- Her language is direct and simple, but not childish. Slade was writing for youth, and mostly avoided the rhetorical flourishes of Victorian poetry, but she also avoided "cutesiness" and talking down to her readers. Her lyrics are understandable to children and still relevant to adults.
- She wrote close to Scriptural subjects, often with specific Scripture readings in mind, and led the reader to make application. When Jesus said "Follow Me," what might that require us to do? When He said, "I stand at the door and knock," what will be our answer?
- She often captured a certain spiritual longing, yet without becoming maudlin. In "There's a fountain free" the inclusiveness of the gospel call combines with a weariness and longing for rest and fellowship: "'Tis for you and me, and its stream I see / Let us hasten joyfully there." The third stanza of "Who at my door is standing?" plaintively expresses the frustration of a struggling believer, asking, "Jesus, art Thou not weary / Waiting so long for me?"
- Many of her best lyrics were set to attractive, singable, and appropriate music by Asa B. Everett, who will be the subject of a later post.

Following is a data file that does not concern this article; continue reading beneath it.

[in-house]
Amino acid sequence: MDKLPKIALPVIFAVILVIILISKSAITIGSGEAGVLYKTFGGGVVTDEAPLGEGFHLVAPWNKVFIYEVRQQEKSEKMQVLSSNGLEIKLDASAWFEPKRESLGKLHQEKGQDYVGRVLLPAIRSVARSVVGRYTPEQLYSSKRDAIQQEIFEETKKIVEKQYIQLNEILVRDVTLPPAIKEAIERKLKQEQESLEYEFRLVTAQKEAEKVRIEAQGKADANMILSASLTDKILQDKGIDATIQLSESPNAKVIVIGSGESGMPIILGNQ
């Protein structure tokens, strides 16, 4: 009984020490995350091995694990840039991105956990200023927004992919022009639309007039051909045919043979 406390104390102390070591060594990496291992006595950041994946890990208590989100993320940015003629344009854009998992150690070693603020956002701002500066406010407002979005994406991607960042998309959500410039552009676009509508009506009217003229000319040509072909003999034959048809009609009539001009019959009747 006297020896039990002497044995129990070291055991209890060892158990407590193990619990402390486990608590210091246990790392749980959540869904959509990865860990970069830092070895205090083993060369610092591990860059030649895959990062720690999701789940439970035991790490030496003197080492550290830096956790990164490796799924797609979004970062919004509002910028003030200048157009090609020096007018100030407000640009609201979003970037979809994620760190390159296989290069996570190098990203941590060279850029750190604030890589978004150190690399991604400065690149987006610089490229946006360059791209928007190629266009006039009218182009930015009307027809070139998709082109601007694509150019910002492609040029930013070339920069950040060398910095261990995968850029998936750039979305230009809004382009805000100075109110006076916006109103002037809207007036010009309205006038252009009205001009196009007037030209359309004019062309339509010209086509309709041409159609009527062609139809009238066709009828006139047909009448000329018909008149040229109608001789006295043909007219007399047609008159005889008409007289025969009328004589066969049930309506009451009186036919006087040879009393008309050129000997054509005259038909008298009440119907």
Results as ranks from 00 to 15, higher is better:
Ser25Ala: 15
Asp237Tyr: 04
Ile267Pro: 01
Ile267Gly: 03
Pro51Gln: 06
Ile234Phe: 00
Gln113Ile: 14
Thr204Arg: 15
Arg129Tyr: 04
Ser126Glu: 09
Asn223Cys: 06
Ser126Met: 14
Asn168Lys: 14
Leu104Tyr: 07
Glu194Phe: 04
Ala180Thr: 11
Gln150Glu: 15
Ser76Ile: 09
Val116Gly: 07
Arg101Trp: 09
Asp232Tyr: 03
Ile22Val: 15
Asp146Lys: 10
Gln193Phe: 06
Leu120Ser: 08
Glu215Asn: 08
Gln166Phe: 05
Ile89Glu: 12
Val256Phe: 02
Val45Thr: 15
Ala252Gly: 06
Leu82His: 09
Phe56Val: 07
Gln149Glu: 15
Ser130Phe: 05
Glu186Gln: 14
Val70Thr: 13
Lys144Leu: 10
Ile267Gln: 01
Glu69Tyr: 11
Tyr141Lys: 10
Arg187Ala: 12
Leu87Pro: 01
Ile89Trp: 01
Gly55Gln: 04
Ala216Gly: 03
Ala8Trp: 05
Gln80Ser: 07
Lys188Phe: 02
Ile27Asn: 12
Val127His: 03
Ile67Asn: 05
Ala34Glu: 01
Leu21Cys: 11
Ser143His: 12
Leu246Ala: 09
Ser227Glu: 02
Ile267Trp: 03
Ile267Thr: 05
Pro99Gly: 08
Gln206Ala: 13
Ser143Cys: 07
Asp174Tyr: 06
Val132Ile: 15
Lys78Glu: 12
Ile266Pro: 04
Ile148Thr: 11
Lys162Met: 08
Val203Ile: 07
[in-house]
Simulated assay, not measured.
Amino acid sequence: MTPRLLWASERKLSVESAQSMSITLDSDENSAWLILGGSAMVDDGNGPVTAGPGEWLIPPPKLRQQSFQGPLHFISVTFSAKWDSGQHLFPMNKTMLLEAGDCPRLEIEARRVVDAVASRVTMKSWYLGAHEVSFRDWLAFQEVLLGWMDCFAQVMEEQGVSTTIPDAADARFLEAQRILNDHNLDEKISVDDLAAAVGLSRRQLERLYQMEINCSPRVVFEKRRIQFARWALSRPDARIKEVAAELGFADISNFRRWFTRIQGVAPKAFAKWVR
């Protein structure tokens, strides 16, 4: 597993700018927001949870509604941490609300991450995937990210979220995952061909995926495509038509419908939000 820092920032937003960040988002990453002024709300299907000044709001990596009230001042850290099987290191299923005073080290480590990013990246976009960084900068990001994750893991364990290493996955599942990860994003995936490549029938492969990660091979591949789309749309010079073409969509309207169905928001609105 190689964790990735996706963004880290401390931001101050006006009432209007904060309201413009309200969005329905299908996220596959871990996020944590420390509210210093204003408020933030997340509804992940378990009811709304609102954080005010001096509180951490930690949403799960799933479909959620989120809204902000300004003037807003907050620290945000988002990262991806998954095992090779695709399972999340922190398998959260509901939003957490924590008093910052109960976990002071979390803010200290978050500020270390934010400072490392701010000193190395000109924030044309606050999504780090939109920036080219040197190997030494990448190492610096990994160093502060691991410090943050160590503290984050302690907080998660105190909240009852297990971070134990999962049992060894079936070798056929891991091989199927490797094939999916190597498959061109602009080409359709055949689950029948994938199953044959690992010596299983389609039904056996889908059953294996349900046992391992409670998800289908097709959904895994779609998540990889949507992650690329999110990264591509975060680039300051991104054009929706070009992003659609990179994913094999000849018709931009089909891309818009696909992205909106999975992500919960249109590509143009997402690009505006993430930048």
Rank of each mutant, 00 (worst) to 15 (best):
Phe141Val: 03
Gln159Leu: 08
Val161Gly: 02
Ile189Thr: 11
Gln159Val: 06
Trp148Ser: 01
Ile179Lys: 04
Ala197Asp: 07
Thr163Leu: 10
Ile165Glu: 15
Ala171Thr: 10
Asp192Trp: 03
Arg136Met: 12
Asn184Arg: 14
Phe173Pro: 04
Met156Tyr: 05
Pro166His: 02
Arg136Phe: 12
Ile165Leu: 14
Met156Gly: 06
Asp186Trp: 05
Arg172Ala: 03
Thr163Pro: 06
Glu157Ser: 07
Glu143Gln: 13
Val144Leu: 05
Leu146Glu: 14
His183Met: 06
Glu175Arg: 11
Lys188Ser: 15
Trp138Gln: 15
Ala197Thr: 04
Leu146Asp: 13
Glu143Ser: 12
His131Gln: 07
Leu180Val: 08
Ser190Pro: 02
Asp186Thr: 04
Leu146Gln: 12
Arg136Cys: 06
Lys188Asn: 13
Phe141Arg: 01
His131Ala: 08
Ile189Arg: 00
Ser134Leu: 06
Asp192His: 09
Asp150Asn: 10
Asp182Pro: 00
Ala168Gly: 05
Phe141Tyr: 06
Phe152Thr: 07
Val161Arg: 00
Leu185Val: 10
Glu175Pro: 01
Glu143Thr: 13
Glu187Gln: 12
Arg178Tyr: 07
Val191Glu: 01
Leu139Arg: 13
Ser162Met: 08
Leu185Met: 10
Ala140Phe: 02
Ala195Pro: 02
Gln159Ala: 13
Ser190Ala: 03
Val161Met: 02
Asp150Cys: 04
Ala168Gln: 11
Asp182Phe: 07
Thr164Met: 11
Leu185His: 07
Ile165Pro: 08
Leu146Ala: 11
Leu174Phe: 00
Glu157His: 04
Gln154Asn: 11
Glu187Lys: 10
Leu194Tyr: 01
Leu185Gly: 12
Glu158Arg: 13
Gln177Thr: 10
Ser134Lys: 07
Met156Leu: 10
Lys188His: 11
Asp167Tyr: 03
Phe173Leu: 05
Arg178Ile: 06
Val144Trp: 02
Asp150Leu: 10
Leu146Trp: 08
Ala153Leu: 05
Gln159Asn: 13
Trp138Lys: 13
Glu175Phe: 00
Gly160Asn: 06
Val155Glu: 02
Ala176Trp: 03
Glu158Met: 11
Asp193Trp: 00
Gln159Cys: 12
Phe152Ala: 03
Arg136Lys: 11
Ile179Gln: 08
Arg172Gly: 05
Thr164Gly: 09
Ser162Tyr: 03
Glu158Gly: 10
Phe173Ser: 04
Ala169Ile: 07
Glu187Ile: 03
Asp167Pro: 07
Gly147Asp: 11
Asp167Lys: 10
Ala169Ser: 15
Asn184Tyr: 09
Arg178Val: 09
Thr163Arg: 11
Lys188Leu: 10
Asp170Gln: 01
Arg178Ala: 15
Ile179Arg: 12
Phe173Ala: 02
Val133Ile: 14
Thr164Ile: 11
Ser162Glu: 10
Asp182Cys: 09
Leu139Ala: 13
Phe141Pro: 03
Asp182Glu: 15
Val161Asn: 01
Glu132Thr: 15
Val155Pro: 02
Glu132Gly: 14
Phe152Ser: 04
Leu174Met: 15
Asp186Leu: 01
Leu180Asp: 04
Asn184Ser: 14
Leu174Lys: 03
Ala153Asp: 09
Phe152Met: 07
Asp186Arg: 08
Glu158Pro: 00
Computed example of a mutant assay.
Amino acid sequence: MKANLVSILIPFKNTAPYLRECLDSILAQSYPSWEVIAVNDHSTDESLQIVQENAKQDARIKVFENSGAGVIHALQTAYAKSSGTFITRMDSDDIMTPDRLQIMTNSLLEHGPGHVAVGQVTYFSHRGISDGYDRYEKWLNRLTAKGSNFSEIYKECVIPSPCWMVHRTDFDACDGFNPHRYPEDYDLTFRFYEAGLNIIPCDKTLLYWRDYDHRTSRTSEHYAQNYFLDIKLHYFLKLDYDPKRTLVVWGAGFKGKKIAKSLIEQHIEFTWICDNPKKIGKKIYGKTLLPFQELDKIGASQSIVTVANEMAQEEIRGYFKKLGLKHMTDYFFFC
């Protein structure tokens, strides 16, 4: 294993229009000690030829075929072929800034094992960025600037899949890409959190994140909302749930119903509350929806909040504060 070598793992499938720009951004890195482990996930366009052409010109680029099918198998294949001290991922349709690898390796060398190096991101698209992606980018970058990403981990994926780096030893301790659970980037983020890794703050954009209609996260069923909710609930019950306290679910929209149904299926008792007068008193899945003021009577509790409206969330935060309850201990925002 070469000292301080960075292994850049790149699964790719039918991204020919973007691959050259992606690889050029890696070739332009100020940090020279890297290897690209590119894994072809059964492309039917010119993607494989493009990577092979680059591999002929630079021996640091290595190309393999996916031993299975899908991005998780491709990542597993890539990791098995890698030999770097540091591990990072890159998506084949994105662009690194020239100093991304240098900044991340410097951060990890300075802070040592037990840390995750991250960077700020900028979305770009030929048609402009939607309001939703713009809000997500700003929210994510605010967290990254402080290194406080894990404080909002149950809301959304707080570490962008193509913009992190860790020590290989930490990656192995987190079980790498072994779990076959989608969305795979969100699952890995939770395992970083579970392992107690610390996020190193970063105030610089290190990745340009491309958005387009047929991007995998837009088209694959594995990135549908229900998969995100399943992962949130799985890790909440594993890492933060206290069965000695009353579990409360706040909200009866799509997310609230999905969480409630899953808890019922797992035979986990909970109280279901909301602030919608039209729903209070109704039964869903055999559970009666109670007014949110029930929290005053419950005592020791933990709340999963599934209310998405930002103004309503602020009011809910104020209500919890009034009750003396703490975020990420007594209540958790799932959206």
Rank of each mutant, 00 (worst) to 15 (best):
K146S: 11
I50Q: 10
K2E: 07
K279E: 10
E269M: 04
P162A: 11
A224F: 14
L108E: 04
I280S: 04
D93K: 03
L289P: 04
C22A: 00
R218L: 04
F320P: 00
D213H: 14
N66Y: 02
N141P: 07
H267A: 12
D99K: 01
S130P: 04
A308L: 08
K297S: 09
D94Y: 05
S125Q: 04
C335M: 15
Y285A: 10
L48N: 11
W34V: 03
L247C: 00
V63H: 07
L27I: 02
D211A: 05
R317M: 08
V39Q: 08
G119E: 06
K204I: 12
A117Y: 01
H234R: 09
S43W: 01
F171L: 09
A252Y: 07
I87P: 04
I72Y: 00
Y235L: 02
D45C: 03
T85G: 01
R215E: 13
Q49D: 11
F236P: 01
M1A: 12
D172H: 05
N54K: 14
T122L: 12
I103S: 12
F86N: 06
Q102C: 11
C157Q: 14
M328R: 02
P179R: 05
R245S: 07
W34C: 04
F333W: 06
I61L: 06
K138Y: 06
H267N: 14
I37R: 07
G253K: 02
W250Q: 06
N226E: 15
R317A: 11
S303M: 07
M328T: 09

"Albion King Slade", FamilySearch. https://www.familysearch.org/tree/pedigree/landscape/LHKS-LT6
Borden, Alanson. Our Country And Its People: a Descriptive And Biographical Record of Bristol County, Massachusetts. [Boston]: Boston History Company, 1899. https://catalog.hathitrust.org/Record/009833153/
Bowman, John. Sweetly the Tones are Falling: a Hymnal History of Churches of Christ. Brentwood, Tennessee: Penmann Press, 1984.
A Centennial History of Fall River, Mass. New York: Atlantic Publishing, 1877.
Champlin, Kenneth. The Underground Railroad in Fall River, supplemented by the Fall River Historical Society. https://lizzieborden.org/exhibits/black-history-month-2017/